Most Helpful Customer Reviews
6 of 6 people found the following review helpful
By A Customer
I am a fan of Brookmyre's writing - he writes about subjects and settings which I can relate to more so than Carl Hiassen - but this one was a bit below par. The basic story was good and (unintentionally) topical, but there did seem to be some unneccssary padding. However, the part with the two boys from Ash's school in the truck was hilarious.
I'm still looking forward to the return of Parlabane, however.....
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3 of 3 people found the following review helpful
5.0 out of 5 stars It verged on too much character development... 23 Aug 2002
By "dyls"
An excellent read - although it does almost have too much character development. The book takes many diversions from the main plot to go into the various character's backgrounds. Whilst it does give you a rich mental picture of who the main protagonists are, Brookmyre almost goes over the top with the detail.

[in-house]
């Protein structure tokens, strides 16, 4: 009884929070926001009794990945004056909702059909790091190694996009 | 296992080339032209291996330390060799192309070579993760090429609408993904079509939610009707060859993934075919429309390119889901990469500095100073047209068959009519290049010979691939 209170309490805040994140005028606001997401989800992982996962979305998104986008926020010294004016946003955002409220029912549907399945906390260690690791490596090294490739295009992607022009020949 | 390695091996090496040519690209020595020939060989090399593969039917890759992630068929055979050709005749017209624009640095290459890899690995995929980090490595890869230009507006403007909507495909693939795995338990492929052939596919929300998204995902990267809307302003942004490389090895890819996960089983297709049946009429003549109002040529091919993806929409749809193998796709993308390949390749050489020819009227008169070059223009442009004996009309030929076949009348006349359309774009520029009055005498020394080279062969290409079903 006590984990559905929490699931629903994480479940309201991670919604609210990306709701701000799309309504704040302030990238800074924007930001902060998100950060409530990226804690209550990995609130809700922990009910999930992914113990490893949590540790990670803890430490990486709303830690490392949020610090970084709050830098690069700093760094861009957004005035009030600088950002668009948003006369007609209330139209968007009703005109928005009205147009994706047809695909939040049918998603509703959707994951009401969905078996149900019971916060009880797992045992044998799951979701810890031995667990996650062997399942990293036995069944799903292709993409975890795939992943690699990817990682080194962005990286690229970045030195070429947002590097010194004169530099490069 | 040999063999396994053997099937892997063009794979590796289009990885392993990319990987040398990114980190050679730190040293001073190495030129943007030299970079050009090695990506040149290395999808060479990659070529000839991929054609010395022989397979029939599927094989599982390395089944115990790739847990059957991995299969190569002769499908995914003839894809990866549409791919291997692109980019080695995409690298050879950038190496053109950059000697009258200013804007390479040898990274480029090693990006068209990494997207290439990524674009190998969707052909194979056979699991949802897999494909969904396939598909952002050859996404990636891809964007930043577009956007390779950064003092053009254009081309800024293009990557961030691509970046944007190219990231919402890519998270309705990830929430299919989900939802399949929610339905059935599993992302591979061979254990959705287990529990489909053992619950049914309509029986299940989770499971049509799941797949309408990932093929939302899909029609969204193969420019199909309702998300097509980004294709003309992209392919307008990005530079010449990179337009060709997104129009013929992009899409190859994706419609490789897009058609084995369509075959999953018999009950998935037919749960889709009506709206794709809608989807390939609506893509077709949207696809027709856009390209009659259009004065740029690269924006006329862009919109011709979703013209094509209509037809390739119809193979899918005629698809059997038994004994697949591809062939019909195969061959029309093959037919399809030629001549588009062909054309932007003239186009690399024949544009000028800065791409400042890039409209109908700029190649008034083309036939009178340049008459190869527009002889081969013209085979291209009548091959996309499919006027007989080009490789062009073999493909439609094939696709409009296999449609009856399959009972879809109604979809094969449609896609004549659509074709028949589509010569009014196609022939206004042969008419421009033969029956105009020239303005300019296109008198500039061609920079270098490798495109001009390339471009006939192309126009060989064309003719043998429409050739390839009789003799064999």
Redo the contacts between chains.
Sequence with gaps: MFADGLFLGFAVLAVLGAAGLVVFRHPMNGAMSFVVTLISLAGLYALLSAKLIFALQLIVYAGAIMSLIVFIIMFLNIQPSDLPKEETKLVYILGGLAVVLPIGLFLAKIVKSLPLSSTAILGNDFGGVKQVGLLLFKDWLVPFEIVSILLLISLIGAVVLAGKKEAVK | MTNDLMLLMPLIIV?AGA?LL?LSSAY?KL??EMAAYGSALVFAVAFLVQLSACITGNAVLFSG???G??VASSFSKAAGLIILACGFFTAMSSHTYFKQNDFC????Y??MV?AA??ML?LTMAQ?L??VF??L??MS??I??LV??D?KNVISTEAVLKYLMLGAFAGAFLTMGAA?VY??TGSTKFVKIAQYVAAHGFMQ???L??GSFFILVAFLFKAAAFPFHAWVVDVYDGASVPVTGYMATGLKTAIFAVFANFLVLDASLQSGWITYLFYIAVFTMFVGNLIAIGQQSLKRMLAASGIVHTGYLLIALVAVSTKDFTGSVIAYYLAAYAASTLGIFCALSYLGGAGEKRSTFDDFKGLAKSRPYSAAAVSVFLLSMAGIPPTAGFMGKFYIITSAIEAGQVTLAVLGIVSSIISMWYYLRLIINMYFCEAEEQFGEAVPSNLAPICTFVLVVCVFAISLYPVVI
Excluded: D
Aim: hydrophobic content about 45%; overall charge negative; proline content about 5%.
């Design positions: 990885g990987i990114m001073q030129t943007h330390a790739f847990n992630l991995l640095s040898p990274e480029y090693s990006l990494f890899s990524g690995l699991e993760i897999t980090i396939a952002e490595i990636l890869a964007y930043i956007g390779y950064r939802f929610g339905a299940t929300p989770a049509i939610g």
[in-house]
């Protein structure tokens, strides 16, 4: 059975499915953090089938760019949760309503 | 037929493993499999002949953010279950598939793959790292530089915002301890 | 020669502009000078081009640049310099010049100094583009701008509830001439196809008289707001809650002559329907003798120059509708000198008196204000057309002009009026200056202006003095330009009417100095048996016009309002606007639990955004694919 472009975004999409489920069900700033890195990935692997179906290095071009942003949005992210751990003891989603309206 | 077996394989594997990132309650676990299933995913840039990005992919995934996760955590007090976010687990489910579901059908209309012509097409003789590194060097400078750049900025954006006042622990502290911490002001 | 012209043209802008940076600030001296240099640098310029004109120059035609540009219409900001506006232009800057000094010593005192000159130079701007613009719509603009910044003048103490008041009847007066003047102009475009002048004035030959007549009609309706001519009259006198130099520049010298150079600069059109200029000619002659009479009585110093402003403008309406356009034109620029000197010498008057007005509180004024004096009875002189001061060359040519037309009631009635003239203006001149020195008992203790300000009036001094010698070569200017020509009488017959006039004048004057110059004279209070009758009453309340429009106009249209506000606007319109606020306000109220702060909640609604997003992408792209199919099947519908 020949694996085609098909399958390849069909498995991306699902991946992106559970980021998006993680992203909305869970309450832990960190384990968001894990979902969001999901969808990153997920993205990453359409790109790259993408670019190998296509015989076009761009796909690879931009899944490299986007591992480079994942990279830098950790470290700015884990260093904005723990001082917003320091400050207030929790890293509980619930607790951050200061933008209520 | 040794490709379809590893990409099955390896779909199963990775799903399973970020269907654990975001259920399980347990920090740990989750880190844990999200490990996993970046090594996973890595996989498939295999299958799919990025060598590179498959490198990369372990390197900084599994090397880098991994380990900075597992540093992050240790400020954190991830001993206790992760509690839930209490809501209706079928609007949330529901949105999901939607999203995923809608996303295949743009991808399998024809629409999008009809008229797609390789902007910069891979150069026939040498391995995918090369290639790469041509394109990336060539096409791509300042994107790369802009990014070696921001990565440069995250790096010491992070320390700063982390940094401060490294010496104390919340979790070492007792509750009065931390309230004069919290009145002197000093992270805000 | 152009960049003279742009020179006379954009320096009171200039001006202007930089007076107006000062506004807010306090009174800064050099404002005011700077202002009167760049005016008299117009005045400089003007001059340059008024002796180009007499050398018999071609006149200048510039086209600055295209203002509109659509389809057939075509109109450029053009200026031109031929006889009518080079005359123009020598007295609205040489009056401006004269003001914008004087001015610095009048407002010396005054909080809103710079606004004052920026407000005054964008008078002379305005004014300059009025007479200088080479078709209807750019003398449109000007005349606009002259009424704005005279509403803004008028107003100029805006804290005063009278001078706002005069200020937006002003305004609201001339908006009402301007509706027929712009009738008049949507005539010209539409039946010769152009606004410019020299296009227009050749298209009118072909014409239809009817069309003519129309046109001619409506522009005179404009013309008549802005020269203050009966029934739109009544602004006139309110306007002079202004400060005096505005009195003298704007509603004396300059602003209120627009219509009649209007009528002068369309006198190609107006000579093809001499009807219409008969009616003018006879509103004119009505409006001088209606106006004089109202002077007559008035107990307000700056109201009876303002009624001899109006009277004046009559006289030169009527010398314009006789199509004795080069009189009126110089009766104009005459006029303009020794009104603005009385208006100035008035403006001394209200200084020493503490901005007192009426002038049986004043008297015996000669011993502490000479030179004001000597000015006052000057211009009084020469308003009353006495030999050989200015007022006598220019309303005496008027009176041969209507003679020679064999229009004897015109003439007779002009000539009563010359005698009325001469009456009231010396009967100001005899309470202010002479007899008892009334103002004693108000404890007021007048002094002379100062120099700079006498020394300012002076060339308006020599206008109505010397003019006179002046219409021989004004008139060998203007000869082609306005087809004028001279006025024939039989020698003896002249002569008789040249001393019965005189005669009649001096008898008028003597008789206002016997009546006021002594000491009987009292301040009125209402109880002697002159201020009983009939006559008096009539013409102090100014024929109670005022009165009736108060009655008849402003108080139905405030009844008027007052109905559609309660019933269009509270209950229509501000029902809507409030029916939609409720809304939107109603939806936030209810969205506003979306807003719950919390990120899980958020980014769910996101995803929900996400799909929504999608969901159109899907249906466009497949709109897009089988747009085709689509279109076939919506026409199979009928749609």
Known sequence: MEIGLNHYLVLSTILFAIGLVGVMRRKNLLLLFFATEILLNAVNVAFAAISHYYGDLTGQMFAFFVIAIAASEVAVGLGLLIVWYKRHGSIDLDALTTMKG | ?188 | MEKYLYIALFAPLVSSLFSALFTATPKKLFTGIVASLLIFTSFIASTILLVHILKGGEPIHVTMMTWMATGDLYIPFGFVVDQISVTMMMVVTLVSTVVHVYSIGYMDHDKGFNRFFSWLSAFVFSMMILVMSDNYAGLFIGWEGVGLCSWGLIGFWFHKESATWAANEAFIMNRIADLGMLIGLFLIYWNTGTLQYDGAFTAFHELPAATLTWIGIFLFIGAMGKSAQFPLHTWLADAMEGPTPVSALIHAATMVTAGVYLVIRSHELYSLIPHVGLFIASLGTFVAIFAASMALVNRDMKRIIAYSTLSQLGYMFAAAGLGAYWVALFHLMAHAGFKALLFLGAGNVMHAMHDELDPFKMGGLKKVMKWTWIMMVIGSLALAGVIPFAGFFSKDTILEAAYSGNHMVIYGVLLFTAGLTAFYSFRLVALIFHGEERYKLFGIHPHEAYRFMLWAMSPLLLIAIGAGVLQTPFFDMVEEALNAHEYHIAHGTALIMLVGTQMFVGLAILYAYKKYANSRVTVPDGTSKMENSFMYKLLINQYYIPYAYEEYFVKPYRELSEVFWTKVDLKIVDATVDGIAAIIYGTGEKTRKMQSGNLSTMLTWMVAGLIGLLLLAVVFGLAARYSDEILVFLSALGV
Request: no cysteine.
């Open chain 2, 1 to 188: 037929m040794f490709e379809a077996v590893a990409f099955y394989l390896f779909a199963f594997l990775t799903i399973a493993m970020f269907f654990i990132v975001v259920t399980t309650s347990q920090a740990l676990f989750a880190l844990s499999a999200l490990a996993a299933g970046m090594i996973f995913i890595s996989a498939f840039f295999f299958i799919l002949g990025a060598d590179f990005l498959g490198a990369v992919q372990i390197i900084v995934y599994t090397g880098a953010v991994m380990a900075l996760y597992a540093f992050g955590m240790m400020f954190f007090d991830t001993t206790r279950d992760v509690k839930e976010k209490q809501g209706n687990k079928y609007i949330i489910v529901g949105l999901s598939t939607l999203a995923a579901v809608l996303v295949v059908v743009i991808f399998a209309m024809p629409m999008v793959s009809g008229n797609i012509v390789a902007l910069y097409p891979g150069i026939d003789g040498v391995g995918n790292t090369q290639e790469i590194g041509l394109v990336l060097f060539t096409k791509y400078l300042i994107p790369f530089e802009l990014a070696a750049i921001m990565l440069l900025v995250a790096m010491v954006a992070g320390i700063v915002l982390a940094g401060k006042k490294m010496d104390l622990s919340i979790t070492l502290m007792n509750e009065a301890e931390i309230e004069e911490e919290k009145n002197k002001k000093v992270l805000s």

Brookmyre has the rare skill of developing a character who you can respect and hate all at the same time: the introduction of Simon, and his cynical views of modern life are something many of us can agree with. But this character is quite evil - so you find yourself agreeing with some of what this utterly hateful character has to say. The other main character, Raymond Ash is an unlikely hero (who I can readily identify with, being a frequent Quake and UT player at LAN parties).
There's some superb plot twists in the story - some unexpected, and some you can see coming from a mile off, and Brookmyre leaves a hanging questionmark at the end of the book: maybe there's more to come?
Or maybe Simon will just end up facing some nice Black and Decker power-tools...
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4 of 4 people found the following review helpful
2.0 out of 5 stars Not really a return to form 15 Nov 2001
By A Customer